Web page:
Thursday, January 15, 2015

Roasted red pepper soup

It seems to me that after posting the "it's January so here's a healthy smoothie" recipe, one must then prepare a steaming cup of homemade soup in an attempt to conquer the nasty winter weather that is plaguing most of the country (except for you, San Diego. Tell me all your secrets now!!!) And as it turns out, a batch of soup was exactly what I needed this week. Still full from too many holiday parties but chilled to the bone from running errands all over the city, I cooked up a giant batch of this roasted red pepper soup and was able to enjoy it for the next three days. This recipe is also completely customizable - the roasted cauliflower acts as a base from which you can create almost any flavor profile you wish. Don't like red peppers? Substitute broccoli. Not a fan of spicy? Cut out the cayenne flakes. Cutting down on dairy? Omit the cheese completely.

- 4 whole red bell peppers
- 1 full head of fresh cauliflower
- 3-4 cloves garlic
- 1 large onion
- 4 tbsp. olive oil
- 4 cups vegetable broth
- salt & pepper
- spices to taste: curry powder, red pepper flakes, cinnamon, parsley, Trader Joe's Everyday Seasoning
- 5 oz. feta cheese chunks

- 2 baking sheets
- Tin foil
- Knives - one large for chopping, one small for peeling
- Boiler/oven
- Ziplock bag
- Dutch oven (or other large stovetop pot)
- Immersion blender

How to
Wash and slice the red peppers in half. Gently score the outside of each pepper in anticipation of needing to later remove the skin. Remove any seeds from inside the peppers, and place face down on a baking sheet. Broil at 450 degrees for 10 minutes, or until tops are beginning to blacken.

Prep the cauliflower. Break off each floret into small pieces and place on a second baking sheet (cover your sheet with foil for easier clean up later).  Place each whole garlic clove on the sheet amongst the cauliflower. Toss the cauliflower and garlic with salt, pepper, and 1-2 tbsp. of olive oil.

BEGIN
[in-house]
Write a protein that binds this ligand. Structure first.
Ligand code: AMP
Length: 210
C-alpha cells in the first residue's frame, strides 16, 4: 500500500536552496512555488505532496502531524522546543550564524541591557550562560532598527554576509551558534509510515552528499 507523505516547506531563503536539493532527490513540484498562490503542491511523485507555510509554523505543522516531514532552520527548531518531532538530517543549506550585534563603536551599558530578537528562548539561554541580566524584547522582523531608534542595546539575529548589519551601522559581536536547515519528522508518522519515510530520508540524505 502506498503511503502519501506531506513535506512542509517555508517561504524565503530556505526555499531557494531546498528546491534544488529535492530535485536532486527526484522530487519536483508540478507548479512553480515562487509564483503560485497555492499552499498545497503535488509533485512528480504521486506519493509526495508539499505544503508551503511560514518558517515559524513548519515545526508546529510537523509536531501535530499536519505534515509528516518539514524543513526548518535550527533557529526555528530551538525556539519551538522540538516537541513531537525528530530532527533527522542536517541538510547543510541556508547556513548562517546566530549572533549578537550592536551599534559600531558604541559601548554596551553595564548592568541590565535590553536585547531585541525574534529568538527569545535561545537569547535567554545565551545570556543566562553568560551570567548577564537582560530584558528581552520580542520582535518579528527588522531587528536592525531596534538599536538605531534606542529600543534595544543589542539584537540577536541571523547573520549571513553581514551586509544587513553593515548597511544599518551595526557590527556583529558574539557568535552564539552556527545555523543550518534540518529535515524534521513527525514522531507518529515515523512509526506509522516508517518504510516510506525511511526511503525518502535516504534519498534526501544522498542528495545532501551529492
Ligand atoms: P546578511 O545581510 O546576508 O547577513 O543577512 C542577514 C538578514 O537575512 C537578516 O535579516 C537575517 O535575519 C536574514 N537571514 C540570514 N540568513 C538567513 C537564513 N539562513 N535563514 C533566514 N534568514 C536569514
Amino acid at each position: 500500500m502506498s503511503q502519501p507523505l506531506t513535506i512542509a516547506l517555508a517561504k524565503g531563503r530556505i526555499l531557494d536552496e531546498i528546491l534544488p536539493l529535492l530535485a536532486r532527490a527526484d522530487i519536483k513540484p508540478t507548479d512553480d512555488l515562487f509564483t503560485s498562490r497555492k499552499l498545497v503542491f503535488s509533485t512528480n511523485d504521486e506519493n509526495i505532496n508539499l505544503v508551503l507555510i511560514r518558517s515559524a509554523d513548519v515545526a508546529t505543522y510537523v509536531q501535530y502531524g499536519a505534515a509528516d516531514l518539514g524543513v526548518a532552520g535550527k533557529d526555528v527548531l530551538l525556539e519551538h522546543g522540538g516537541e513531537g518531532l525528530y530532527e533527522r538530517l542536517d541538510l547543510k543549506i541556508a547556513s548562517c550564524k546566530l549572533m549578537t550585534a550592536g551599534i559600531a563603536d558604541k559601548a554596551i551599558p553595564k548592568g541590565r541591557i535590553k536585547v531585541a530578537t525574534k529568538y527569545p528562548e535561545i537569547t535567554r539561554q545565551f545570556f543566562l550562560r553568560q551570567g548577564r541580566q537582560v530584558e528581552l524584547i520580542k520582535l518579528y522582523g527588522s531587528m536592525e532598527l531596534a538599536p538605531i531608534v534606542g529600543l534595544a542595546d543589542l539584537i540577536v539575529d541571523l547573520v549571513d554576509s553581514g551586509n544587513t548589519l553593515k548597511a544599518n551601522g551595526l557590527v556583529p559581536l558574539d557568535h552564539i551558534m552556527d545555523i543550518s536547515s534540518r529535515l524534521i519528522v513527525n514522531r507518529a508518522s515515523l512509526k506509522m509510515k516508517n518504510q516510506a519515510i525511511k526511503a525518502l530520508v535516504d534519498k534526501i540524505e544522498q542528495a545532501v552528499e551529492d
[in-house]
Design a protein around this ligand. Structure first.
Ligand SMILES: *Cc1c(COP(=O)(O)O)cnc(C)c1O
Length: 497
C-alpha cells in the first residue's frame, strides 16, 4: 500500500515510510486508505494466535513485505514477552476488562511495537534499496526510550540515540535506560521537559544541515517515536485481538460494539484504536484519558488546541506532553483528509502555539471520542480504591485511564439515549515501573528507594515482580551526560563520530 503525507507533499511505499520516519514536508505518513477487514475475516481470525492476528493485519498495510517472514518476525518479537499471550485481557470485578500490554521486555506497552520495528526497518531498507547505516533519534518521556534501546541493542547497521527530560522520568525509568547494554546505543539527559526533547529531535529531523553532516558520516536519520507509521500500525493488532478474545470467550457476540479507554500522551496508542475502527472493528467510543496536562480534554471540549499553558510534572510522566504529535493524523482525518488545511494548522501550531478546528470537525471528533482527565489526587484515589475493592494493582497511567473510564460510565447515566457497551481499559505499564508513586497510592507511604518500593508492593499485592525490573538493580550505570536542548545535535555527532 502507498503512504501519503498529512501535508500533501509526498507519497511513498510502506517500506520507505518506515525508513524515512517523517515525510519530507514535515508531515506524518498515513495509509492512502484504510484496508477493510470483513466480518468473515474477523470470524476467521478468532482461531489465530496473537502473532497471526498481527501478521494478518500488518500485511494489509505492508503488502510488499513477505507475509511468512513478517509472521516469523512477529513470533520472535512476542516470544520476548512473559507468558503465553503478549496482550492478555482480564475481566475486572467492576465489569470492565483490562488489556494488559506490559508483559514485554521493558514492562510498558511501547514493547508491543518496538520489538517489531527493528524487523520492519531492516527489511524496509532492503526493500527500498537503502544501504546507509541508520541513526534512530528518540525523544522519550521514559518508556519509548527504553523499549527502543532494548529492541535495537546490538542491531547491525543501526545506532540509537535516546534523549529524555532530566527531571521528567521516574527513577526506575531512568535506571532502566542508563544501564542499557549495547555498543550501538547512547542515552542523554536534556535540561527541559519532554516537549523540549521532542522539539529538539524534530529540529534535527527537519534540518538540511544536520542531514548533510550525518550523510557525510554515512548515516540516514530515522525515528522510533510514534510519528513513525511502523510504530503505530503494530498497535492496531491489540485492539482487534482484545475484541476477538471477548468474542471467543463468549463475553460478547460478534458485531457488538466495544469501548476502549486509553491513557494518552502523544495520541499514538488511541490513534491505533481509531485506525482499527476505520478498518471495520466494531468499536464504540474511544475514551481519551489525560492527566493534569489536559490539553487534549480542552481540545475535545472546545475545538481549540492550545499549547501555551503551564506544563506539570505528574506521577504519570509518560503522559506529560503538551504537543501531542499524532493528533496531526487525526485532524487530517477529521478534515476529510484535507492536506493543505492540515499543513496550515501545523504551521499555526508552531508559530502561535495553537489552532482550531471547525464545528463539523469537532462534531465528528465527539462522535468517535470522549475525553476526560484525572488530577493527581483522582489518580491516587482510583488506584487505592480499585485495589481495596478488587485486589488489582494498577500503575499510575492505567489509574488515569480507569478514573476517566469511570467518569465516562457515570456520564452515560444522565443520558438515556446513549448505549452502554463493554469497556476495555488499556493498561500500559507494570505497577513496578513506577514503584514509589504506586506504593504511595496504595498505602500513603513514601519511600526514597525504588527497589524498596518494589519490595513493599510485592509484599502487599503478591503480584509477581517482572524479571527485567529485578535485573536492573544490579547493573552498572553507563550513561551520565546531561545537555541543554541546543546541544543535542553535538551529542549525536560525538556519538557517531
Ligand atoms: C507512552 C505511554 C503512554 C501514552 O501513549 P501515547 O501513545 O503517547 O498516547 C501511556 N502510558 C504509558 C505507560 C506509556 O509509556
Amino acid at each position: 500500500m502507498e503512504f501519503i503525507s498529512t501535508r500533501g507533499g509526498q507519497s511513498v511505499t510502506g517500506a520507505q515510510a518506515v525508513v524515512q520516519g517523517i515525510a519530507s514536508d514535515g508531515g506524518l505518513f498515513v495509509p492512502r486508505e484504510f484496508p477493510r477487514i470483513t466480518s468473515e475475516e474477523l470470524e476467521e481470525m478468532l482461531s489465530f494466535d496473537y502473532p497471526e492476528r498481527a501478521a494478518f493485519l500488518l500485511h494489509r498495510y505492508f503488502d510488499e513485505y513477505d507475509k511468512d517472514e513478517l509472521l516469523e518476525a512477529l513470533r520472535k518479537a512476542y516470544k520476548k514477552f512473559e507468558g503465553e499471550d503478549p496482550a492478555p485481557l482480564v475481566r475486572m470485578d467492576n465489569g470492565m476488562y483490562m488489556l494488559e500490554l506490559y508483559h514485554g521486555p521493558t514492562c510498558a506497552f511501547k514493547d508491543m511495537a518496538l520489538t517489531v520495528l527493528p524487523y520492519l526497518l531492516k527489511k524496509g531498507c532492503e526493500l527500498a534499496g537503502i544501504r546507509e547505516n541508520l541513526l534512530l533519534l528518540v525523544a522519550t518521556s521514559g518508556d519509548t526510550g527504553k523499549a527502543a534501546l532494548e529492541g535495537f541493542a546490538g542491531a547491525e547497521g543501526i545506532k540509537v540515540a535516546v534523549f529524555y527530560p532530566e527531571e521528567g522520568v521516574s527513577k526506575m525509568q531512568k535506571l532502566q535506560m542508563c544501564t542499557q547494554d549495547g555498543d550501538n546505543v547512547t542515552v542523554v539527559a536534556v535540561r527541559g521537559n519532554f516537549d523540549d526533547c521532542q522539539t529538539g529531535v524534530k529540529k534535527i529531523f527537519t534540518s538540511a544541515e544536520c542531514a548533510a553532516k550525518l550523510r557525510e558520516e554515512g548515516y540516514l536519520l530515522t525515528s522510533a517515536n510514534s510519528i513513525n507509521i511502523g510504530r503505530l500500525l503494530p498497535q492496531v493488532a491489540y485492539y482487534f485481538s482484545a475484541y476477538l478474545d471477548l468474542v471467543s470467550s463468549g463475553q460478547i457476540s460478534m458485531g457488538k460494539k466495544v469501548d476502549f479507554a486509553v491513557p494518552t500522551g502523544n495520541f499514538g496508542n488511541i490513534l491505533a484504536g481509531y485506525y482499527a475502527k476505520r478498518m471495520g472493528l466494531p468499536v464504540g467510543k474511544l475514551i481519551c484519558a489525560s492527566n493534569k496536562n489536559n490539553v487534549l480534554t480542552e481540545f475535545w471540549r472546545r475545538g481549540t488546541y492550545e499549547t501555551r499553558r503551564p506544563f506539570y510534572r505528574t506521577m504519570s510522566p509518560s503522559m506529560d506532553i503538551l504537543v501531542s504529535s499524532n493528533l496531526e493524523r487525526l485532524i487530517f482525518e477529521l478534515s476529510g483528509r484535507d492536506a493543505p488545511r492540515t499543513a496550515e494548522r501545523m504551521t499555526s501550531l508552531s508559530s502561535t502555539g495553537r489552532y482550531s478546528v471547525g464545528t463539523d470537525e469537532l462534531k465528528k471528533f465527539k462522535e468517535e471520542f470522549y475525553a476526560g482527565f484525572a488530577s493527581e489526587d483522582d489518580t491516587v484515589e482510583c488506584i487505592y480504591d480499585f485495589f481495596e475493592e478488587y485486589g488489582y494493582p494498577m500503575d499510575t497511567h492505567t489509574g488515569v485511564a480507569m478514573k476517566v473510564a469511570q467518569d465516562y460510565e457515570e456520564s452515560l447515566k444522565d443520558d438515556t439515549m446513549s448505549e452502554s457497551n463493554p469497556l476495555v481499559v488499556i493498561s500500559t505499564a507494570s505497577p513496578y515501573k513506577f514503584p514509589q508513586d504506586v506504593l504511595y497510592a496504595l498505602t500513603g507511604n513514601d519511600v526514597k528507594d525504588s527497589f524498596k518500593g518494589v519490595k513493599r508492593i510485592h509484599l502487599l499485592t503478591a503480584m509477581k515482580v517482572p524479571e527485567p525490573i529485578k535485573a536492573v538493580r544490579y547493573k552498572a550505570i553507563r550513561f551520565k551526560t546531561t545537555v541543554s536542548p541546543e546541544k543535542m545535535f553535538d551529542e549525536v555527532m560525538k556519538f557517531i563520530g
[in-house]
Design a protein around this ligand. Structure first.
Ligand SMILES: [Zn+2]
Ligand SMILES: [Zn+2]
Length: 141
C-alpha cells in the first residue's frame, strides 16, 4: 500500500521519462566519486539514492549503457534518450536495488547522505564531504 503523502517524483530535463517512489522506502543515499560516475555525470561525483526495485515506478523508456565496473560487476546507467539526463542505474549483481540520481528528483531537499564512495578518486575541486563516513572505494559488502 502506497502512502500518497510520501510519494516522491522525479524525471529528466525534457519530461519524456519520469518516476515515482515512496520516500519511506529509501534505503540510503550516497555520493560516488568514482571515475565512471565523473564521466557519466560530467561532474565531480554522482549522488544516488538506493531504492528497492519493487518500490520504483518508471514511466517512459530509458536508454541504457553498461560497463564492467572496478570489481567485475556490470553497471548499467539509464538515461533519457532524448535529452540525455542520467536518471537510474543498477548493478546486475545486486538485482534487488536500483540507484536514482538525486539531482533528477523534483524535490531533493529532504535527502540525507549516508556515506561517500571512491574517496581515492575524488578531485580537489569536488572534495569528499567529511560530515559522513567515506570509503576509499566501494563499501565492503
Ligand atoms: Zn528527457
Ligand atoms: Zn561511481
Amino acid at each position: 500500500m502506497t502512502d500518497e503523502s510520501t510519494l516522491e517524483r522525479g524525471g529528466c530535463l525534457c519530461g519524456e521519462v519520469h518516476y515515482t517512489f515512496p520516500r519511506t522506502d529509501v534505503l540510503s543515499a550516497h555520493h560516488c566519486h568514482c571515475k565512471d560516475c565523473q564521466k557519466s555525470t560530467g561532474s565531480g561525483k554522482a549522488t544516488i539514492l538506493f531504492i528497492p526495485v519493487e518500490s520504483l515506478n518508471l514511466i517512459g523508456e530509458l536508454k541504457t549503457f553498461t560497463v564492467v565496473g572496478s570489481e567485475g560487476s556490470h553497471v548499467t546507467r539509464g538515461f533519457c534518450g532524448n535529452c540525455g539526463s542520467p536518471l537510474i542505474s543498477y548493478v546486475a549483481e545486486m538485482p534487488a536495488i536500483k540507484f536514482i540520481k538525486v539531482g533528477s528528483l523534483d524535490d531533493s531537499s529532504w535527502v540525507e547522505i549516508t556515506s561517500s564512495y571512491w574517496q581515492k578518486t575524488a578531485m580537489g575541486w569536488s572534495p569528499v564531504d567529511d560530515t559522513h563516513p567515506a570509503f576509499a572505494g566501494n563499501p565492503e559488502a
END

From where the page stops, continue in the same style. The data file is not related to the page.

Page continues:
When the peppers are roasted, remove them from the baking sheet and immediately place into a Ziplock bag; seal tightly. The idea here is to steam the peppers so that you will eventually be able to easily remove their skins.

Change your oven's setting from broil to bake, and preheat to 400 degrees. When the oven is heated, roast the cauliflower and garlic for 30 minutes or until golden brown.

When the peppers are cool to the touch, remove the skin. I found that some peppers were easier to skin than others, but using a small paring knife to peel each pepper eventually did the trick. Chop the peeled peppers into pieces approximately 1" in size.

Chop the onion. On the stovetop, heat the reaming olive oil (about 1-2 tbsp.) in the bottom of your dutch oven. Sauté the onion until golden brown.

Add the peppers, cauliflower, and garlic to the onions, and sauté for 1-2 more minutes. Add the vegetable broth and spices to the vegetables and bring to a boil. A quick note about the spices: I rarely measure when adding spices to my cooking, I simply add until I feel like I've achieved the desired taste. This is neither scientific nor consistent, and occasionally gets me in to trouble (case in point - I used way too much cayenne pepper for this particular batch of soup and had to tone it down with the feta cheese) but here's the thing - it's just soup. Try one spice blend this time around, and change it up next time!

Once the soup has come to a boil, turn the stove's flame down to it's lowest height (or just turn off the stove completely) and using your immersion blender, puree the vegetables until you've reached your desired soup consistency. Be careful because the contents of the pot will be very hot, and any splashes from the blender can be painful. If the soup is too thick, add more vegetable broth a 1/2 cup at a time to thin it out. Add the feta cheese and blend again until that too is fully incorporated.

Cover and simmer your now-pureed soup for 10-15 minutes. When ready, serve with a hearty chunk of fresh bread (I used this recipe for no-knead bread and was thrilled with the results).

Inspiration for this soup came from here!

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